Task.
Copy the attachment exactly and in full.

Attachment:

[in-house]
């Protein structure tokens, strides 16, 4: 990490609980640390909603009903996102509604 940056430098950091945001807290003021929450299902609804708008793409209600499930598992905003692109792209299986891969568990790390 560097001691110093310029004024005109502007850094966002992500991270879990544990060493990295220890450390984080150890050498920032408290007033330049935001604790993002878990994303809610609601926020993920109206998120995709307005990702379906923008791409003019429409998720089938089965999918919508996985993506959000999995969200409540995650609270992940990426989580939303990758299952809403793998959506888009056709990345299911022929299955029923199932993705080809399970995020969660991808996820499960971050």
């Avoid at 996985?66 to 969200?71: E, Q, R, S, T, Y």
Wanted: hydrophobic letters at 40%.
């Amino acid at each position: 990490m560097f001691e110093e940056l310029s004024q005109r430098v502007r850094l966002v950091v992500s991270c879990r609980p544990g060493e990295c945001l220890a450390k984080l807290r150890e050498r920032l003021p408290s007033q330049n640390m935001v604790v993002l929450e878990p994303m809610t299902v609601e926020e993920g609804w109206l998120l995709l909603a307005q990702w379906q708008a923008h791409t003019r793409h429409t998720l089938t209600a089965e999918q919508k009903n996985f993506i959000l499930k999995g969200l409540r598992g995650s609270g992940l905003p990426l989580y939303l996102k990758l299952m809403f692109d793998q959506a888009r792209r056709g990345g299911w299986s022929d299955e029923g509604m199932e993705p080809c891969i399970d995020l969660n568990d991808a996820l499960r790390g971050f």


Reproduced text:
[in-house]
């Protein structure tokens, strides 16, 4: 990490609980640390909603009903996102509604 940056430098950091945001807290003021929450299902609804708008793409209600499930598992905003692109792209299986891969568990790390 560097001691110093310029004024005109502007850094966002992500991270879990544990060493990295220890450390984080150890050498920032408290007033330049935001604790993002878990994303809610609601926020993920109206998120995709307005990702379906923008791409003019429409998720089938089965999918919508996985993506959000999995969200409540995650609270992940990426989580939303990758299952809403793998959506888009056709990345299911022929299955029923199932993705080809399970995020969660991808996820499960971050």
């Avoid at 996985?66 to 969200?71: E, Q, R, S, T, Y």
Wanted: hydrophobic letters at 40%.
């Amino acid at each position: 990490m560097f001691e110093e940056l310029s004024q005109r430098v502007r850094l966002v950091v992500s991270c879990r609980p544990g060493e990295c945001l220890a450390k984080l807290r150890e050498r920032l003021p408290s007033q330049n640390m935001v604790v993002l929450e878990p994303m809610t299902v609601e926020e993920g609804w109206l998120l995709l909603a307005q990702w379906q708008a923008h791409t003019r793409h429409t998720l089938t209600a089965e999918q919508k009903n996985f993506i959000l499930k999995g969200l409540r598992g995650s609270g992940l905003p990426l989580y939303l996102k990758l299952m809403f692109d793998q959506a888009r792209r056709g990345g299911w299986s022929d299955e029923g509604m199932e993705p080809c891969i399970d995020l969660n568990d991808a996820l499960r790390g971050f």